As 2016 draws to a close, revellers around the world are bidding a weary adieu to a year filled with political surprises, prolonged conflicts and deaths of legendary celebrities.
Here is how people are ushering in the new year:
After a year that saw the deaths of a seemingly endless parade of entertainers, Sydney honoured some of the most beloved. The city’s famed fireworks display over the harbour paid homage to Prince and David Bowie, and was set to a music medley inspired by the late singers.
“We are hoping to make it rain purple this year for the first time, not only off the barges, but also off the Sydney Harbour Bridge,” fireworks director Fortunato Forti said, referencing Prince’s hit Purple Rain.
The seven tonnes of fireworks launched from barges on the harbor also included a Willy Wonka moment” in tribute to the late actor Gene Wilder’s most famous role, fireworks co-producer Catherine Flanagan said. And there was a nod to the Bowie classic Space Oddity, with Saturn, moon and star-shaped fireworks. Bowie lived in Sydney for about 10 years during the 1980s and ’90s.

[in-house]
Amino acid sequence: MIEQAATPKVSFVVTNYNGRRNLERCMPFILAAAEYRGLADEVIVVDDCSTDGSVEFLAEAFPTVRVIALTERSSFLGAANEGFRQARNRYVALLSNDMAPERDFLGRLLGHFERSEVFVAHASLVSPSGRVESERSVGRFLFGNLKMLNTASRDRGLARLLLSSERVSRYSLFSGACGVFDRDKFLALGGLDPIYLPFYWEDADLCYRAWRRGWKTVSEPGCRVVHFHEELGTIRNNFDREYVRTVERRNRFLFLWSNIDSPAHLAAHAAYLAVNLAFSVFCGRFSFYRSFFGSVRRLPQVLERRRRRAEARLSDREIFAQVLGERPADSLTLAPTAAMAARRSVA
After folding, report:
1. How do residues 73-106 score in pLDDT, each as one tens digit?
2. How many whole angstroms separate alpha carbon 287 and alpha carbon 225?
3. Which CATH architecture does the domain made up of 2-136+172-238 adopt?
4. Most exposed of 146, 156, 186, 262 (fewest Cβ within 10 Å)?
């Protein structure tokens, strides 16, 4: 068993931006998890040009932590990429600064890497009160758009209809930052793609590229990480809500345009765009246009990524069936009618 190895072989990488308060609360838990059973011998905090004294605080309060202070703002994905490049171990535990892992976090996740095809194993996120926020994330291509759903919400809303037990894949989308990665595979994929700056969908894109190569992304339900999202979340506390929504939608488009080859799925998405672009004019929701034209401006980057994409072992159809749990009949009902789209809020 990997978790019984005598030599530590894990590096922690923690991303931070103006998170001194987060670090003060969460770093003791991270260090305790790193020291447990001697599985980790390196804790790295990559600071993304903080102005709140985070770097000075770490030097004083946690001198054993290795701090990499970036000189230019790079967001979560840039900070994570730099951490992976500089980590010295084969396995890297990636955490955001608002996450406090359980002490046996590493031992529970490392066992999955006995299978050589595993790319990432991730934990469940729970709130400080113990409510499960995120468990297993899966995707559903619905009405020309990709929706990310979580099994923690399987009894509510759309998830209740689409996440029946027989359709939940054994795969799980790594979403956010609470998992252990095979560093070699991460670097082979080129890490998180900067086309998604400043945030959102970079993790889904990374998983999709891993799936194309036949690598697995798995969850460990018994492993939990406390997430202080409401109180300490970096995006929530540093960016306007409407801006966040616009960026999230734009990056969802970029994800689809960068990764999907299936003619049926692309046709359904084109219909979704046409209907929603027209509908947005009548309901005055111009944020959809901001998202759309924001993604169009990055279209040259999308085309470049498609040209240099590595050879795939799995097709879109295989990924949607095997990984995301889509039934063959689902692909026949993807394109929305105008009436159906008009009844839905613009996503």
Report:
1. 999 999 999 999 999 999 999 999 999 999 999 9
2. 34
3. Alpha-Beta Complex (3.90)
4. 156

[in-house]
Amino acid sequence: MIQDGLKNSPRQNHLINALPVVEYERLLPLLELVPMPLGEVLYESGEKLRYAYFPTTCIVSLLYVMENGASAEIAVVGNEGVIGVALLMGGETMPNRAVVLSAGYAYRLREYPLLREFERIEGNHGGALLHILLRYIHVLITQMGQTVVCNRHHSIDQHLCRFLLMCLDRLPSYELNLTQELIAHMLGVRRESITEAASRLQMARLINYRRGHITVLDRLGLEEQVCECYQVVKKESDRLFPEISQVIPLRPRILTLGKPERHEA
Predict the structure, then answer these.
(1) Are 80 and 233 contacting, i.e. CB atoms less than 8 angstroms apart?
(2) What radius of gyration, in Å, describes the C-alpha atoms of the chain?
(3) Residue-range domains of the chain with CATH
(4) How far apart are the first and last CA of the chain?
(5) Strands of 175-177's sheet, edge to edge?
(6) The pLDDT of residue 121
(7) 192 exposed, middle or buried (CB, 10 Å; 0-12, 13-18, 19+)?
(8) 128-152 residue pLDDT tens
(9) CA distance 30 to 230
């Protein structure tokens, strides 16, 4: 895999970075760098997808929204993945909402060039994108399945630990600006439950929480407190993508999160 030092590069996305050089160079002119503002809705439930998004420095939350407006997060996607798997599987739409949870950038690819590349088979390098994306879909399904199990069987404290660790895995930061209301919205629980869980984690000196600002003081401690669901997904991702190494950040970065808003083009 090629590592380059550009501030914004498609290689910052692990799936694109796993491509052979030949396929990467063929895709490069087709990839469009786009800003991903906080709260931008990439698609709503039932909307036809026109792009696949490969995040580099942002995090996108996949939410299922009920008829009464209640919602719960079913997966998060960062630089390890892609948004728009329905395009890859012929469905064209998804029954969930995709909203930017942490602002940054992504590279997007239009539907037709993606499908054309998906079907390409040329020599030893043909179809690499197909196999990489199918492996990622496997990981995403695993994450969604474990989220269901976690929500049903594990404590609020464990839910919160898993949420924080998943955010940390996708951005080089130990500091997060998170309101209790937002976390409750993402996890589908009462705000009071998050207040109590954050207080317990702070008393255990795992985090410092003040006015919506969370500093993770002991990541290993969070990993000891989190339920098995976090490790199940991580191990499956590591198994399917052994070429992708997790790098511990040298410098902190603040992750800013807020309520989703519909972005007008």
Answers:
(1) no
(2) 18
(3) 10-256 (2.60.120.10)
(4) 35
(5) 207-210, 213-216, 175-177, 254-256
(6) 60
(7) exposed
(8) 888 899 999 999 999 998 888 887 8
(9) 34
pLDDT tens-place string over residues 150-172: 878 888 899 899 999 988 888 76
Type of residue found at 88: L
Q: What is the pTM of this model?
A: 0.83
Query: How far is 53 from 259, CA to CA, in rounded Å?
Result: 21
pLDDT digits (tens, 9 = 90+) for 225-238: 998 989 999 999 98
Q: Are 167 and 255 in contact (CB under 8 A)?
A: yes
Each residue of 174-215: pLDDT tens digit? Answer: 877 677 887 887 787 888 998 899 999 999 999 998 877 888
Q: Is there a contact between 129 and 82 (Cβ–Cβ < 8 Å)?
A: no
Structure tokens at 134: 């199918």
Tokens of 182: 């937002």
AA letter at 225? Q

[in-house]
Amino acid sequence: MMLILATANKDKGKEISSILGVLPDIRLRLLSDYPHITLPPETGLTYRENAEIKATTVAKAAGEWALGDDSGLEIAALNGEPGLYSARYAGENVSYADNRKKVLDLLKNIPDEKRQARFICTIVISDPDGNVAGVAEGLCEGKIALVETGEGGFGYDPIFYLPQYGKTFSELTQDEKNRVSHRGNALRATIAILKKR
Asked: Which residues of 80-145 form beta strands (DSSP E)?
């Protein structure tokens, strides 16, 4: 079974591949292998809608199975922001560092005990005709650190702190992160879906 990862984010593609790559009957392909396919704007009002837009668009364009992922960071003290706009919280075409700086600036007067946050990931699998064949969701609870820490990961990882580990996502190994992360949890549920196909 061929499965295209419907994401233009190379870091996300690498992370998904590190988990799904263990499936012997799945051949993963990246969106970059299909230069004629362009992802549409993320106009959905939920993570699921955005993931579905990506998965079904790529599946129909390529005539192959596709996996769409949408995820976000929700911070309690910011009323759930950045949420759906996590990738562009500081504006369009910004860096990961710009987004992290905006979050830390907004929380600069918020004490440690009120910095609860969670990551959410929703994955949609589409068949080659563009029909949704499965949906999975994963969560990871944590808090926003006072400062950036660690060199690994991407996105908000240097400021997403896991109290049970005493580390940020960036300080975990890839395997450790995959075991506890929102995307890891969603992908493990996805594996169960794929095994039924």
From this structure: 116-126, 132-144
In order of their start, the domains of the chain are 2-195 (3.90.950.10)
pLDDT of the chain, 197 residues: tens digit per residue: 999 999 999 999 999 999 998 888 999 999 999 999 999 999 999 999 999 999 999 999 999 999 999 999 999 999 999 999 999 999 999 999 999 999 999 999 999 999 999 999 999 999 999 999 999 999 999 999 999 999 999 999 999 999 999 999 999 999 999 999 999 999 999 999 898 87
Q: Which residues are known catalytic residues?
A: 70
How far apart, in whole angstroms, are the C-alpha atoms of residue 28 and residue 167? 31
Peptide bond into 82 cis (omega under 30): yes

“This year, sadly, we saw the loss of many music and entertainment legends around the world,” Flanagan said. “So celebrating their music as part of Sydney New Year’s Eve fireworks displays is an opportunity to reflect on the year that has been and what the future may hold.”
Around 1.5 million revellers were expected to ring the harbour to join in the festivities. An extra 2,000 police were on duty and buses were used to block off certain pedestrian areas following the deadly truck-driving attacks in Berlin and Nice, France.
Officials urged residents to carry on celebrating as normal, despite the threats of extremist attacks across the globe and in Australia. On Friday, a man was arrested after police say he posted threats on social media related to Sydney’s New Year’s Eve celebrations. New South Wales police said he was acting in isolation and had no known links to extremist groups.
“Ultimately the best way that we can respond to the threats around the world is to fight for our freedoms, enjoy our freedoms, and part of that is ensuring that we go about and celebrate New Year’s Eve,” state Premier Mike Baird said.
Las Vegas, New York
More than 300,000 visitors are expected to descend on Las Vegas for an extravagant New Year’s Eve celebration.
Happy New Year to all, including to my many enemies and those who have fought me and lost so badly they just don’t know what to do. Love!
Nightclubs are pulling out all the stops with performances from DJ Calvin Harris, rappers T-Pain and Kendrick Lamar and artists Drake and Bruno Mars. The city’s celebrity chefs have crafted elaborate prix fixe menus complete with caviar and champagne toasts.